Analysis: The imminent threat posed by Tehran to the countries of the Middle East shouldn’t be taken lightly, but preoccupation with the Iranian issue has become obsessive and is inspired by sheer ignorance among Israel’s leaders and the people covering the Islamic republic in Israeli media.

Nearly four decades have passed since the Islamic Revolution in Iran, but many still see the Islamic republic as an unexplained phenomenon.

Internal power struggles, tensions between a revolutionary Islamic ideology and a practical policy and the gap between the ayatollah regime and a vibrant, dynamic public often create the impression that Iran is a country filled with contradictions that cannot be settled.

Iran is a key state in the Middle East, and its centrality and sphere of influence have kept growing in recent years. The establishment of its regional influence, its support for terror organizations and its nuclear armament have turned the Iranian threat into an issue that concerns not only Israel but its neighbors and the international community as well, mostly in light of the combination between a radical and subversive regime and advanced unconventional abilities

Iranian Foreign Minister Mohammad Javad Zarif (R) with Revolutionary Guards Commander Mohammad Ali Jafari (Photo: Reuters)
Iranian Foreign Minister Mohammad Javad Zarif (R) with Revolutionary Guards Commander Mohammad Ali Jafari (Photo: Reuters)


While the imminent threat posed by Iran to the Middle East’s countries—particularly Israel—should not be taken lightly, the preoccupation with Iran has become obsessive and is inspired by sheer ignorance. Public debate in Israel in this context suffers from a simplistic view not only because of said obsessive preoccupation with the Iranian threat by some of the state’s leaders, but also because of problematic media coverage.

In some cases, the coverage of the Iranian issue is handed over to reporters and commentators on Arab affairs who are fed mainly by the Arab media, and in other cases, to foreign affairs correspondents who are fed mainly by the Western media. The number of Persian-speaking reporters and commentators is close to zero, and in many cases the result is biased—and sometimes completely distorted—coverage.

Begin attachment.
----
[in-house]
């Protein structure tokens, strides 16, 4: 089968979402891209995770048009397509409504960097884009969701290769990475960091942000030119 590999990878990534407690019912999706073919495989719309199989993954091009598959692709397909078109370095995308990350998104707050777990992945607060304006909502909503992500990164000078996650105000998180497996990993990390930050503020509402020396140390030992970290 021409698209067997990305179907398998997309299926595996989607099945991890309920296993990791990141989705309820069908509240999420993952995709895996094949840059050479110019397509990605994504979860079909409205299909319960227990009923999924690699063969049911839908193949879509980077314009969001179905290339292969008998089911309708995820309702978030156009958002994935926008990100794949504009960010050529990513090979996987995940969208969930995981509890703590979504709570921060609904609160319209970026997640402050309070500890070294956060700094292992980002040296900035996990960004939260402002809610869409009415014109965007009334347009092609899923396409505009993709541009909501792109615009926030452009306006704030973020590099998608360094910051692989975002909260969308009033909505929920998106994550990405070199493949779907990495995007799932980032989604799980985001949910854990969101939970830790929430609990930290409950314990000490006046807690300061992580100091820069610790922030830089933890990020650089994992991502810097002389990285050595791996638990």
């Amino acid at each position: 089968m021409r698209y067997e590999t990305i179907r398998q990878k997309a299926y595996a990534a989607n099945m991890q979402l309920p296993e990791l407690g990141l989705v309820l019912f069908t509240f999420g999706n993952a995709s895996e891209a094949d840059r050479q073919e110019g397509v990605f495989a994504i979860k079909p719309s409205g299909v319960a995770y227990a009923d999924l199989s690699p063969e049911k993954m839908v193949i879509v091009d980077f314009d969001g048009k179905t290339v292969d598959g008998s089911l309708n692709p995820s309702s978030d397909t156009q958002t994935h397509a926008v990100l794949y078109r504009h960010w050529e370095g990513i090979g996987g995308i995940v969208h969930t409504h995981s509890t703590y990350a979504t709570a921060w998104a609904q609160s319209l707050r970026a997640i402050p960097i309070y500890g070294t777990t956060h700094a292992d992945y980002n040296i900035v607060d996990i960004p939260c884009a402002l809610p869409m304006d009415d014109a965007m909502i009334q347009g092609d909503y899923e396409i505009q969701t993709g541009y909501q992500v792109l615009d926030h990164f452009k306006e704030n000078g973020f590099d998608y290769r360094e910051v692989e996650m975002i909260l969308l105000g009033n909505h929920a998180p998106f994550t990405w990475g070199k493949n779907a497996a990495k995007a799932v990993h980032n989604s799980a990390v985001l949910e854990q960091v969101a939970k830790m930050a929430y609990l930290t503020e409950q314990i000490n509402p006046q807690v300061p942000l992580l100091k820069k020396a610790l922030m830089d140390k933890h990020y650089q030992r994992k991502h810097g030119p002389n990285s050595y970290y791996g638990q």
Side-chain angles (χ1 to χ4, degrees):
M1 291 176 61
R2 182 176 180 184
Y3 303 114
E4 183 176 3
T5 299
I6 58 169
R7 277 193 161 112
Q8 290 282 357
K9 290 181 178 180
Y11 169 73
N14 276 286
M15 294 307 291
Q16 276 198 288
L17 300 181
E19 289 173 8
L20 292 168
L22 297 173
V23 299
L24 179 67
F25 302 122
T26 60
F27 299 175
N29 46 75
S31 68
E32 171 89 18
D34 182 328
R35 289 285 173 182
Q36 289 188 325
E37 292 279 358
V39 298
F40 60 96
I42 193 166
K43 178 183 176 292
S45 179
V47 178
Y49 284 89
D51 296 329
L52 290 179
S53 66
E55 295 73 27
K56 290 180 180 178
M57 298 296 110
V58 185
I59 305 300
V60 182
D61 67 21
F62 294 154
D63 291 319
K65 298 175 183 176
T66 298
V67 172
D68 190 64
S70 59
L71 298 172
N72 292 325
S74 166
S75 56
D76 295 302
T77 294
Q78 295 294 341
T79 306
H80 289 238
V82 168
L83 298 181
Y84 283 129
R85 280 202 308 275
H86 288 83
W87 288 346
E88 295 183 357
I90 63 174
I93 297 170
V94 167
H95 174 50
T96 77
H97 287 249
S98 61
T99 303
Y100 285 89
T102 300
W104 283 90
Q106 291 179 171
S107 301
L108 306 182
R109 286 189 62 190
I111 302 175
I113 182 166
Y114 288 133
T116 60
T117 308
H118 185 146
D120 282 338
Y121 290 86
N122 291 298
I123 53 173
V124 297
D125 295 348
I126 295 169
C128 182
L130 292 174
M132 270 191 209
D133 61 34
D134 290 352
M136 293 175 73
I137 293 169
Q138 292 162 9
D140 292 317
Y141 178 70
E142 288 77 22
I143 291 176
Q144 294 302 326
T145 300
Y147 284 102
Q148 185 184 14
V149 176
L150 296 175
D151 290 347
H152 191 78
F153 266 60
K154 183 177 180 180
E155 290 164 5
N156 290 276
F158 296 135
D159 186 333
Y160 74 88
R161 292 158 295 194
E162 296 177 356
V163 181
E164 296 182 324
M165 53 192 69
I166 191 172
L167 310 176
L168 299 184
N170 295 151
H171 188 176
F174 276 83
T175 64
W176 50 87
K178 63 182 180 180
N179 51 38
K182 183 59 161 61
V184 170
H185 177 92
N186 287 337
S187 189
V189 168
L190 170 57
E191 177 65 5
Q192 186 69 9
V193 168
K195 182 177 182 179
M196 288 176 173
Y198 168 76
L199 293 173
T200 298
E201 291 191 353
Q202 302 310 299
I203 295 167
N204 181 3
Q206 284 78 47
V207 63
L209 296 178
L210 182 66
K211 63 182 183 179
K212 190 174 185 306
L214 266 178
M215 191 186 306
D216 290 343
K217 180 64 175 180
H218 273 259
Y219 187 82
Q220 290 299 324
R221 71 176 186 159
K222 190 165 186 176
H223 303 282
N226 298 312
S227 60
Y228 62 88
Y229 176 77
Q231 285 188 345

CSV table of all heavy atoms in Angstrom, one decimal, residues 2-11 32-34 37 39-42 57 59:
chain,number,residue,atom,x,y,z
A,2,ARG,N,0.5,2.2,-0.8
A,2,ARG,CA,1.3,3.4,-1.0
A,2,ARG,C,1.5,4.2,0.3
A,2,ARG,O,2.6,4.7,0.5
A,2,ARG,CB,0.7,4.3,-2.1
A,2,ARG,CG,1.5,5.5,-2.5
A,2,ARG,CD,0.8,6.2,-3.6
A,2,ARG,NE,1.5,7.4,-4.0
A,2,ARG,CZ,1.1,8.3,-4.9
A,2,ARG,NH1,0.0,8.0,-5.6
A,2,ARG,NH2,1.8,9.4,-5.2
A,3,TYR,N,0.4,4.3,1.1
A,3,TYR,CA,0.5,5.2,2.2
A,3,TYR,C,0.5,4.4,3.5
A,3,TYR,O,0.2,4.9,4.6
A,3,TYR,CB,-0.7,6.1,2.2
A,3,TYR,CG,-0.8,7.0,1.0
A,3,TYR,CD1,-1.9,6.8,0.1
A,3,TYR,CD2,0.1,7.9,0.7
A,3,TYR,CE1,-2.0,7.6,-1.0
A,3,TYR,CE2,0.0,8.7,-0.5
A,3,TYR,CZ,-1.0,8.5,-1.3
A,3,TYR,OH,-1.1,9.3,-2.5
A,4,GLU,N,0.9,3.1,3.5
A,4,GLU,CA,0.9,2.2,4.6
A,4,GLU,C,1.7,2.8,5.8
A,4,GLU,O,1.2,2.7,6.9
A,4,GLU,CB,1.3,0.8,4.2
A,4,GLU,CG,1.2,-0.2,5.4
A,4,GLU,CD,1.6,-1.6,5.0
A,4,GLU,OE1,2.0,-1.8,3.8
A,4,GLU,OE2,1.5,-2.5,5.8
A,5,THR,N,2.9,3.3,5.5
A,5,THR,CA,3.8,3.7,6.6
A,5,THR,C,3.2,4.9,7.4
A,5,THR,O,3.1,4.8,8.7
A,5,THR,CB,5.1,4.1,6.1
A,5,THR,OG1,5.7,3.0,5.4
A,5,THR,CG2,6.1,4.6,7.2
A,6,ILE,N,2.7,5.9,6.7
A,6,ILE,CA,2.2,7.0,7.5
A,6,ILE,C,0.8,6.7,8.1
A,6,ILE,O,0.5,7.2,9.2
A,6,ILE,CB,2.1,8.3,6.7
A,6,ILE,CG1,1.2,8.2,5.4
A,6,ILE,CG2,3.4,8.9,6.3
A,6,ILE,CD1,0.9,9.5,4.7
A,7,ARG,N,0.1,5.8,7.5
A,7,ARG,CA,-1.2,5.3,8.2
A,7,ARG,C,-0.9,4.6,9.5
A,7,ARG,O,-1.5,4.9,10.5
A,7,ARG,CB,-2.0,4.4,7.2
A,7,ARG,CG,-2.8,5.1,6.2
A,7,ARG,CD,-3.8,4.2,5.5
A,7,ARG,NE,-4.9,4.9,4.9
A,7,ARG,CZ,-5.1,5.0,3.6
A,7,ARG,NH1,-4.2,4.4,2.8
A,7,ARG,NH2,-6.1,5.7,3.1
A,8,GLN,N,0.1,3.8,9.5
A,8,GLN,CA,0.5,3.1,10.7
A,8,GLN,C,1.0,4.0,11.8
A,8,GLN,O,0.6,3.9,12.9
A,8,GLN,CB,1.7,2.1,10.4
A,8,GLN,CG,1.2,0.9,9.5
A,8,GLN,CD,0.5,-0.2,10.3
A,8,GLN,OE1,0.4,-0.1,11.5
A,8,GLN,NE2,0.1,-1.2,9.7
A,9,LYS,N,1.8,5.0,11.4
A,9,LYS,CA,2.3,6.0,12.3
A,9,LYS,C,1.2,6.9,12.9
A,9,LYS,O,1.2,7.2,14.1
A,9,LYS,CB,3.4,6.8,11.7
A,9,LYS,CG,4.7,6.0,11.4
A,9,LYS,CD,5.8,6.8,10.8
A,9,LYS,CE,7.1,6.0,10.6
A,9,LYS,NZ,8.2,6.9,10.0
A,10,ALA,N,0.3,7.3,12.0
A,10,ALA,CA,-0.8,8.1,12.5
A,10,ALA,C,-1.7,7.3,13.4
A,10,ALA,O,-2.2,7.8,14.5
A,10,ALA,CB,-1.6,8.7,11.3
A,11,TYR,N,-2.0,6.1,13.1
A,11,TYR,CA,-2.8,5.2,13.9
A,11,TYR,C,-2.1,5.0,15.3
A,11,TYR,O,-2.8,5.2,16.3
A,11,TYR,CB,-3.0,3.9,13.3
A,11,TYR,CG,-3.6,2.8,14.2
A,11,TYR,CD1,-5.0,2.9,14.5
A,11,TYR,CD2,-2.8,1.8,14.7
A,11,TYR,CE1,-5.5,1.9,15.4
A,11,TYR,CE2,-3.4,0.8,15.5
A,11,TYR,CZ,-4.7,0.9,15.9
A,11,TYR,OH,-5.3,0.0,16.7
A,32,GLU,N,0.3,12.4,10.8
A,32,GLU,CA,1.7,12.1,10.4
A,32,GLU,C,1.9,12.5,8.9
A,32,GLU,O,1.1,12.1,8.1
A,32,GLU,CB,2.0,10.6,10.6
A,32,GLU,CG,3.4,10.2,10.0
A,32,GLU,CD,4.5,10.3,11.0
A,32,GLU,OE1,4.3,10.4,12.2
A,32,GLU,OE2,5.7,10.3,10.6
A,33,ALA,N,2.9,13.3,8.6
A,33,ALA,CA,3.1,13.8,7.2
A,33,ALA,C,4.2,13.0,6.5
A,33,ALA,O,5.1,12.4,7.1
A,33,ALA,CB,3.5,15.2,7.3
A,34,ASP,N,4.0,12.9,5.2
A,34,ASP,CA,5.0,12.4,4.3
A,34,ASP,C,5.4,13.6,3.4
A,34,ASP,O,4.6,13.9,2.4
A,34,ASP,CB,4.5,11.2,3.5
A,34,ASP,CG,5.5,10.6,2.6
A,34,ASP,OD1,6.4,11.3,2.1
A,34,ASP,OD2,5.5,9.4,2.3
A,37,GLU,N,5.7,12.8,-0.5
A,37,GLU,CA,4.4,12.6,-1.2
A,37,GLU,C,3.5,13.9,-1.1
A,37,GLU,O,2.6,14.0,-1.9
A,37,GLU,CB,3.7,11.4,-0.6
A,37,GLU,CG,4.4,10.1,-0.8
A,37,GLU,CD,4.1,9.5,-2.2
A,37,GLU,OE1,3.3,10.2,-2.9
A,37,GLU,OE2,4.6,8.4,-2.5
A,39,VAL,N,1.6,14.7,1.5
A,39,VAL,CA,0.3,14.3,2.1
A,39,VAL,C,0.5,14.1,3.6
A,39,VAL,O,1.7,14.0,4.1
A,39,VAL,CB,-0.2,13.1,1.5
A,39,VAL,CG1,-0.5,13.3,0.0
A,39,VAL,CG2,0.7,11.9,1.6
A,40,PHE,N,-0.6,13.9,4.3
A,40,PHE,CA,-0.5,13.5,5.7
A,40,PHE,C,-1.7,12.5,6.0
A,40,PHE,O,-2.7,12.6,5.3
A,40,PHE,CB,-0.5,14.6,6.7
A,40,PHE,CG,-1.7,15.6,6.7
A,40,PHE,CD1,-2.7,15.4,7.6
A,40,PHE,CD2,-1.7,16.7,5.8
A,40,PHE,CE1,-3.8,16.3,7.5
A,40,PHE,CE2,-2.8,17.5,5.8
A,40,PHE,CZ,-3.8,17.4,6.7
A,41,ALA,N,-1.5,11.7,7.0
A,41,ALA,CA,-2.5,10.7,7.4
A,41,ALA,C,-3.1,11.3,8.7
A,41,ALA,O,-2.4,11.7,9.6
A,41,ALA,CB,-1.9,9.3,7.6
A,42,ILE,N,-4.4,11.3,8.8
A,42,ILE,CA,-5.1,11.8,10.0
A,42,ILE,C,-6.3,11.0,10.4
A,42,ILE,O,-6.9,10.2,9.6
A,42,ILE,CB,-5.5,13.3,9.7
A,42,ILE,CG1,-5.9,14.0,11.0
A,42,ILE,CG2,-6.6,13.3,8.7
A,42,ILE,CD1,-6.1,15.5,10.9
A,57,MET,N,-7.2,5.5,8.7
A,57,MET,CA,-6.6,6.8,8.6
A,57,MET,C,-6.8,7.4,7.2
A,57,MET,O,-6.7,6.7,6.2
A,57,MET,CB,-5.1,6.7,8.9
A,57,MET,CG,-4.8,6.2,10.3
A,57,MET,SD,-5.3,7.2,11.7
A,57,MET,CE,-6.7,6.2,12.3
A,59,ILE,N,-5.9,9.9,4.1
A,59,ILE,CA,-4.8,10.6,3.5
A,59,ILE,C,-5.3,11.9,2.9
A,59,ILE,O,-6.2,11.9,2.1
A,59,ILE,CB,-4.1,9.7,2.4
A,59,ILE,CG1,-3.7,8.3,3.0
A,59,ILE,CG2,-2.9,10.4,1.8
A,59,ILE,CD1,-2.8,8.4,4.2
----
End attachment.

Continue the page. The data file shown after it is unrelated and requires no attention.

Headlines warn: Iran deploying its forces in the region

Occasionally, we see huge headlines in the media warnings that Iran is deploying its forces in the region, and even near Israel’s border, in a bid to carry out its intentions to take over the Middle East, to reestablish the Persian Empire and to destroy Israel.

This alarmist approach isn’t limited to commentators affiliated with the Right. Even commentators who usually adopt a critical approach towards the government tend to intensify the Iranian threat all too frequently. They don’t always make a distinction between the revolutionary ideological vision and Iran’s actual policy, which is largely derived from a pragmatic view of vital national interests.

Supreme leader Ali Khamenei. Against reforms in the regime (Photo: Reuters)
Supreme leader Ali Khamenei. Against reforms in the regime (Photo: Reuters)


Haaretz military correspondent Amos Harel, for example, warned recently that Iran was using Shiite militias in Iraq to complete the threatening “Shiite Crescent” puzzle being deployed from Tehran to Beirut. These kinds of commentaries refer to the proxy organizations operating on behalf of Iran, like the Shiite militias in Iraq, as tools that are fully committed to Iran’s desires and to promoting its interests.

They ignore these proxies’ local affiliations and the growing difficulties Iran is facing in its efforts to expand its regional influence, such as the Israeli, Russian and Turkish restrictions on Iran’s freedom of action in Syria, Syrian President Bashar Assad’s reservations over Iran’s request to establish a permanent military foothold and deepen its economic involvement in his country, or the Iraqi prime minister’s objection to Tehran’s blatant interference in his country’s international political affairs in light of his efforts to rebuild the Iraqi state at the end of the battle against the Islamic State (ISIS).

Some of the commentaries echo pretentious and completely baseless declarations made by Iranian politicians, mostly for propaganda purposes. In an article published in Israel Hayom on October 1, Prof. Efraim Inbar, president of the Jerusalem Institute for Strategic Studies (JISS), unquestioningly adopted the position of an Iranian parliament member who had stated several years ago that Iran “controls four Arab capitals by now: Baghdad, Beirut, Damascus and Sanaa.”

Don’t underestimate Iranian influence

An analysis of Iran’s limits of power, weaknesses and failures in the Middle East is as justified and important as an analysis of its power and achievements, because ignoring its weaknesses could impair the ability to detect opportunities resulting from the limitations of its power to curb its influence.